The internet makes it really easy to judge people. It's essentially the ultimate judging a book by the cover experience we have today.
People judge you based on followers, likes, posts, past work, websites and the list goes on.
When I first stared in the industry I was often very quick to judge people who were working on the albums I loved. It's natural to want to compete, or to become better at what you do. It's natural to even compare your work to others, perhaps even healthy. It can help us see where we are at and what we need to work on.
Judgement becomes unhealthy when we begin to jump to conclusions.
Let me explain....
When we create anything in life there is so much that goes into it, beyond what the public sees as the end result. In the music industry there are literally hundreds of steps that go into making a song that you can actually listen to on Spotify or the radio.
It's really easy to hear a song and go.... "I could have done that better, that doesn't sound great... why do they get to work on that.... I could totally make the vocal sound better".
I used to have these thoughts towards people. I used to compare work and assume that what I was hearing was their best. In one way it is their best, but in another way, you never know what was given to the person to work with.
Some of my largest projects have included sources that didn't sound great. Some of them have included vocals recorded outside behind a venue, some have included tempo changes and time stretching beyond what is normally accepted. Some of them have included so much manipulation that you wouldn't even recognize the original material. Some projects you get a list of demands from A&R, Managment, and PR, and the artists best friend who sells insurance that you feel like are completely crazy but at the end of the day it's not about you. It's not crazy at all.
If you are going to survive in any self employment adventure you have to get a couple things in your head. Make these your mottos....
I am here to serve the artist.
There is always more beneath the surface.
These two things will change your life and make you a better person and give your clients a better end product.
When you take on a project of any type, you are hired to serve the person. They are hiring you to do a thing that they want done in the way they want it done. You are given tools, resources, files, etc... and you have to take that and make it the best it can be. There's not time for excuses or complaining. If you are serious, you will accept what is given to you, knock it out of the park, deliver on time, and make the client into a raving fan.
If you badger the client, tell them why it's not perfect enough for you, or you begin to judge them for what they gave you to work with, you lose.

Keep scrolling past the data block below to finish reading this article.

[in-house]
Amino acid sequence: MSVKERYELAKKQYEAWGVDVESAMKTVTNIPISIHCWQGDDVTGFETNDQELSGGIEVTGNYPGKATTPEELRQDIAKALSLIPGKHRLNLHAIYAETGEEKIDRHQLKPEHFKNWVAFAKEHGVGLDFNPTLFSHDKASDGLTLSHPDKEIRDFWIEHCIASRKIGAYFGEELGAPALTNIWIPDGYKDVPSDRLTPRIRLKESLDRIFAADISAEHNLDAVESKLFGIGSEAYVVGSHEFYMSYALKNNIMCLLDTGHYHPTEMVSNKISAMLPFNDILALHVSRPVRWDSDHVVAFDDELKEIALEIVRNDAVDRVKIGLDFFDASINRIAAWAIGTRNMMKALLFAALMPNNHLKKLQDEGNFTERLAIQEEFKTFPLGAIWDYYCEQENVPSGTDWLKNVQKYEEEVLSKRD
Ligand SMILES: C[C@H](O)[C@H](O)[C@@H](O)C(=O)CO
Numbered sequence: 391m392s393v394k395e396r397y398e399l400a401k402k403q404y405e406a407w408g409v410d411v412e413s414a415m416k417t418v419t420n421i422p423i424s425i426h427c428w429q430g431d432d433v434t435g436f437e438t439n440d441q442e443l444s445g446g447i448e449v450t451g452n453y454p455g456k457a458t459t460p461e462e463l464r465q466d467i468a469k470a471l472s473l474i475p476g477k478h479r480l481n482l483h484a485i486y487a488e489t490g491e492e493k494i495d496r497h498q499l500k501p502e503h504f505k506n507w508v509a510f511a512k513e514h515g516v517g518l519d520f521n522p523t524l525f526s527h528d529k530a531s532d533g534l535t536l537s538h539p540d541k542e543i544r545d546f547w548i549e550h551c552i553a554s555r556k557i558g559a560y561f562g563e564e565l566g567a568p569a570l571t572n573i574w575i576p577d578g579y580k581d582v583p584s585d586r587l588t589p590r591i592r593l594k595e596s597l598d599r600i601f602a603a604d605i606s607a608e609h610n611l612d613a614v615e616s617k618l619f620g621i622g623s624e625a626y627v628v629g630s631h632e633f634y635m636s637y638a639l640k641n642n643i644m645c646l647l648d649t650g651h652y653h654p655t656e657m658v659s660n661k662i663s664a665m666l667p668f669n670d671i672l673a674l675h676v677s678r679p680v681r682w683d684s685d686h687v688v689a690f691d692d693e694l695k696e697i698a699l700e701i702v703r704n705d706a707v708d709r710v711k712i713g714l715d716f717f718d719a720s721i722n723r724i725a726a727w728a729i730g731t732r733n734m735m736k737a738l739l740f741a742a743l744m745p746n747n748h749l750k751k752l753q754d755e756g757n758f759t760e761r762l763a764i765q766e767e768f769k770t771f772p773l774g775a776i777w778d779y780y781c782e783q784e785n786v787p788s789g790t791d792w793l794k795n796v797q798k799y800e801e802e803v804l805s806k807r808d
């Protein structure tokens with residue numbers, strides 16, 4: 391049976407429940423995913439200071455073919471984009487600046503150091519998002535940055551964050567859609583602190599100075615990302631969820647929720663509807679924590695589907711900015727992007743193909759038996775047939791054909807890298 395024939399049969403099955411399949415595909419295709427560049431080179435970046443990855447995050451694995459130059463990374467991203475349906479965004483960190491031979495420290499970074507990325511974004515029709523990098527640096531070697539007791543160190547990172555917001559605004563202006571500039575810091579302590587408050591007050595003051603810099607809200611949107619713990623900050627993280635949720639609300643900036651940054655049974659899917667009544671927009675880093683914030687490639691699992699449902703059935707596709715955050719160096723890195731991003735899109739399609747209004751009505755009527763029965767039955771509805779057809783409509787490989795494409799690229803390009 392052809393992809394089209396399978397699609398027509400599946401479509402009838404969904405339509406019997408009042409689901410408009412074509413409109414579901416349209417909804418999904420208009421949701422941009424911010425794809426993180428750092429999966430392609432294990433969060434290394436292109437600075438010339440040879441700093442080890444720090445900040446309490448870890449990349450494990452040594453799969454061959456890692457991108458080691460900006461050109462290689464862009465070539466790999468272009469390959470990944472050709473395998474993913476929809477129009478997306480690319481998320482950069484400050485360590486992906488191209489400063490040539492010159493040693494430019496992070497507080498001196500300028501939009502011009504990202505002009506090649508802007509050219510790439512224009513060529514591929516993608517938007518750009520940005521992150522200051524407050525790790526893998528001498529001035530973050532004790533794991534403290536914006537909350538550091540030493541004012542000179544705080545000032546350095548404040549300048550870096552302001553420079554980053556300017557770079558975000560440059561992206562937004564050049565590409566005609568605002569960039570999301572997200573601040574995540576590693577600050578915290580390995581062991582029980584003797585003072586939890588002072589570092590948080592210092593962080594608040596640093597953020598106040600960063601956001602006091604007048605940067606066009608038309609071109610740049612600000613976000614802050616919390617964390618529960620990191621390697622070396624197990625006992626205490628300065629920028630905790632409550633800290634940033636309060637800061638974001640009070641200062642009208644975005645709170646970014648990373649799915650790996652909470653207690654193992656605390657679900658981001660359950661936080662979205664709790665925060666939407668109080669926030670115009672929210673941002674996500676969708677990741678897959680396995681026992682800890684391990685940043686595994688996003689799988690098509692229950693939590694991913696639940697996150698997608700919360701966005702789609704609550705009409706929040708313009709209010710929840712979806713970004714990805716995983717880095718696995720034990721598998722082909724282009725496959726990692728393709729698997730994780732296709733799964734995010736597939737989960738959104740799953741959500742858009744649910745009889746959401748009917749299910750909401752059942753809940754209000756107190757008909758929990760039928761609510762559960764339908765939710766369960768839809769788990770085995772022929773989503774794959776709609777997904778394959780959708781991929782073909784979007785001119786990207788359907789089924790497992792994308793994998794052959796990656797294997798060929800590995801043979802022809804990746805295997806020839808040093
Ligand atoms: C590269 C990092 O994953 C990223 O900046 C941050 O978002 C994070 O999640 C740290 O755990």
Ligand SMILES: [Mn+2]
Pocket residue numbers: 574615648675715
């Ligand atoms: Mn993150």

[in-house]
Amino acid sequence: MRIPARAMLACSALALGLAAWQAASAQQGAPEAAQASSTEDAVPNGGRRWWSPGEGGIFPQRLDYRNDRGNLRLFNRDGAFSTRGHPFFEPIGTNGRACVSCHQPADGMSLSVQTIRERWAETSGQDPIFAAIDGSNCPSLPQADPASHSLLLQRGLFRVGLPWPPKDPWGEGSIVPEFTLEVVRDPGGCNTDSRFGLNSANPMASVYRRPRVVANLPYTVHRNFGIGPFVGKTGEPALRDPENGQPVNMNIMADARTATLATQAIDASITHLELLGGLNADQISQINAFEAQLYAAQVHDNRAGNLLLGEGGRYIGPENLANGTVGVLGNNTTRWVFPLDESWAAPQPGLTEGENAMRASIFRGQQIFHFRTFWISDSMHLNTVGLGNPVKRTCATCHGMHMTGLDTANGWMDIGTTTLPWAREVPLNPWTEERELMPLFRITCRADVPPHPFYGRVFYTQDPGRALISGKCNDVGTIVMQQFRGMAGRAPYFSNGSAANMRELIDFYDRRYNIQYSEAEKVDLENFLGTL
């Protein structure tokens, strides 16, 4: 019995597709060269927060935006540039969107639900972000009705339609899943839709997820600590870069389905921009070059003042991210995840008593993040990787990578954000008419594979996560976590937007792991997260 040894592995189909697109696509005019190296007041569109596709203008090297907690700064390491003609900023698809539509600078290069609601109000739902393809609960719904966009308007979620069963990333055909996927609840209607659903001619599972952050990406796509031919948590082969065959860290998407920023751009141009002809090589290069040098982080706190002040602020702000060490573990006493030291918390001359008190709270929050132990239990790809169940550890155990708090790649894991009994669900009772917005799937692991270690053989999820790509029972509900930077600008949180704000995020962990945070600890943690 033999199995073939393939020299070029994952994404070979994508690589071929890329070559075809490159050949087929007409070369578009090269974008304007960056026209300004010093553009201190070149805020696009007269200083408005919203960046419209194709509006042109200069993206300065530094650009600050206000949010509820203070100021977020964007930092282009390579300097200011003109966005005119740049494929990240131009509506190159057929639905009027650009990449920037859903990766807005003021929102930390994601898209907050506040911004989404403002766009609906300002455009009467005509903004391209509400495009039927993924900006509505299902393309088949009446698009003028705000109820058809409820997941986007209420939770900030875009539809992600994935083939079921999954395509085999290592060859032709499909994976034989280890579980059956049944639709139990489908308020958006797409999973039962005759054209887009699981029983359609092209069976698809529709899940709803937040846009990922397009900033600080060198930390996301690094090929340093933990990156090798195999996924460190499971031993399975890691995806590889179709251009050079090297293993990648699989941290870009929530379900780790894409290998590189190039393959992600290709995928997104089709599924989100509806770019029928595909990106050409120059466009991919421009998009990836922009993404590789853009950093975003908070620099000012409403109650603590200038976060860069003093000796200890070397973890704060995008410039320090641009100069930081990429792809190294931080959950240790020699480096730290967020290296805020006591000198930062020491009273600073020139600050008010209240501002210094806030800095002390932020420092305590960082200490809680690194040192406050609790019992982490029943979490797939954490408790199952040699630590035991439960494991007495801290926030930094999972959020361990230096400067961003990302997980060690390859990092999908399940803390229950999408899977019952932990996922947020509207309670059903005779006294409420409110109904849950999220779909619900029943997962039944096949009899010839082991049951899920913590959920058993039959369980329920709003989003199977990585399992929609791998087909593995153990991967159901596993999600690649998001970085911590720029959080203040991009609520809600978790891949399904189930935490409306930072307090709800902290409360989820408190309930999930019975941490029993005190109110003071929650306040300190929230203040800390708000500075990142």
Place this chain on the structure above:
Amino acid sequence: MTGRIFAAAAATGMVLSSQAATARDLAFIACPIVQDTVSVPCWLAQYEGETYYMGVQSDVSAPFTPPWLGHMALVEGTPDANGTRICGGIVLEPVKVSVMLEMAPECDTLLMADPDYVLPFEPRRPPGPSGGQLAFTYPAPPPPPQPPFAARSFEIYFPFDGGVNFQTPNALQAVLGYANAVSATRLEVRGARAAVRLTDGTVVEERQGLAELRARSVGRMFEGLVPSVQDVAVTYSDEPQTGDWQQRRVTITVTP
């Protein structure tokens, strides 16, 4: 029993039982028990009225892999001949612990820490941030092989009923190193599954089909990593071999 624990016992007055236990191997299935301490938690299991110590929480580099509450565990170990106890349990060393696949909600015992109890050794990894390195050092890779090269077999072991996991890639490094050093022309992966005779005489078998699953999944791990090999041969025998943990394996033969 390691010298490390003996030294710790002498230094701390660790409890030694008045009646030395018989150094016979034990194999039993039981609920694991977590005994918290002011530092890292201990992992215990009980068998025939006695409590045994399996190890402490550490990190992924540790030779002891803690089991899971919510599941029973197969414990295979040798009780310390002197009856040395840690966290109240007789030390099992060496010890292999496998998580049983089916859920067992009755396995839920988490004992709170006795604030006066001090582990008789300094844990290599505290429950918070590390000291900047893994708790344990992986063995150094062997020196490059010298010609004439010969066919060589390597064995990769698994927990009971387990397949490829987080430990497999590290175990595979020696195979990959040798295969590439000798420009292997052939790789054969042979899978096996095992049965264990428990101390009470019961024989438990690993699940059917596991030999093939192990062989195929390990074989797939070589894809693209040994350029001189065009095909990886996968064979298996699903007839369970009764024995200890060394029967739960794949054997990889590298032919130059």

You are here to serve the client.
Within this, whenever you see someone else's work, you literally have no idea what actually happened to get that product out. You don't know the conditions, the timeline, the budget, the situation. All you get to see is the final product.
So often we let bitterness and judgement get in the way of our happiness and joy. I remember hearing a project from one of my favorite mixers and thinking.... "this doesn't sound very good, what happened?". In a nutshell, I eventually learned that the project was a nightmare, the sourcing was a nightmare, everything was bad. He didn't complain, he did the work, did the best he could and moved on. That's how it should be.
In this industry there is so much that happens beyond just the music. There are plenty of projects in the past where I felt like I was making revisions that hurt the song, now I realize it was just me trying to control everything and make every song have my stamp on it. We live in a world with billions of people and billions of songs... all sonically different. It's great.
This does not mean we just always lay down and take it, but my point is often people at high levels that we judge so critically are under a ton of pressure and have to please twenty people instead of one indie artist. I have learned this over the years that as I move farther up in industry, the more people get involved, the more competitive it gets, and there are way more things to do just beyond mixing or mastering. Me, five years ago would have crumbled under the pressure and the demands. Present me, has the experience now to handle and serve the client with ease. This came from a mindset shift to always serve the client and not judge what is given to me.
So next time you want to trash someones work quickly, just remember you know nothing about what went on creating that unique piece of art and that people will still love it, even if you are quick to judge it.
I am preaching to myself as usual. So go create, serve, and don't judge.
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